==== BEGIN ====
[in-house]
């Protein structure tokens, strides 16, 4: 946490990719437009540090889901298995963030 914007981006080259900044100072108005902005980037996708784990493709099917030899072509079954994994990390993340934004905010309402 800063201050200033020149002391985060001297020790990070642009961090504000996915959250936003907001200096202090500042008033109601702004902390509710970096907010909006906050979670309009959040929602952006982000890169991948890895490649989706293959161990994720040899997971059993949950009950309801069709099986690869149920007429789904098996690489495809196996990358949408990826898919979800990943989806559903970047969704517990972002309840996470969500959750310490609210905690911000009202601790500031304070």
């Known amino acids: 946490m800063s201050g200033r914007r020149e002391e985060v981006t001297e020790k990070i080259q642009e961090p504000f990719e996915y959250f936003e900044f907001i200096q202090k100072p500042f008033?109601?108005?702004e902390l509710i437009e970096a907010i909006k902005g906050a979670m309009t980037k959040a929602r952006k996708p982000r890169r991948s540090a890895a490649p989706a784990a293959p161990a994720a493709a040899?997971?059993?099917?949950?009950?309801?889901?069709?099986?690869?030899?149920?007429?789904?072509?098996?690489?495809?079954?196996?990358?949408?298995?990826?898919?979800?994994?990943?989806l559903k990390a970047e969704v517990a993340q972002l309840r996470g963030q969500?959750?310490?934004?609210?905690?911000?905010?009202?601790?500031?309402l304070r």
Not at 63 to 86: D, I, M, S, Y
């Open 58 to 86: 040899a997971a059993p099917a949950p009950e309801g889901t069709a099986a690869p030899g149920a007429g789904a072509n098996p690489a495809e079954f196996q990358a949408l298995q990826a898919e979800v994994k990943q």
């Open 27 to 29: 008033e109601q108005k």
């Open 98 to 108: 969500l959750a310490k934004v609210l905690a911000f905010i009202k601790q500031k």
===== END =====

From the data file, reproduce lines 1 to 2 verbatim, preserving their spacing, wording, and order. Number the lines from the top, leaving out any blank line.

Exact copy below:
[in-house]
């Protein structure tokens, strides 16, 4: 946490990719437009540090889901298995963030 914007981006080259900044100072108005902005980037996708784990493709099917030899072509079954994994990390993340934004905010309402 800063201050200033020149002391985060001297020790990070642009961090504000996915959250936003907001200096202090500042008033109601702004902390509710970096907010909006906050979670309009959040929602952006982000890169991948890895490649989706293959161990994720040899997971059993949950009950309801069709099986690869149920007429789904098996690489495809196996990358949408990826898919979800990943989806559903970047969704517990972002309840996470969500959750310490609210905690911000009202601790500031304070």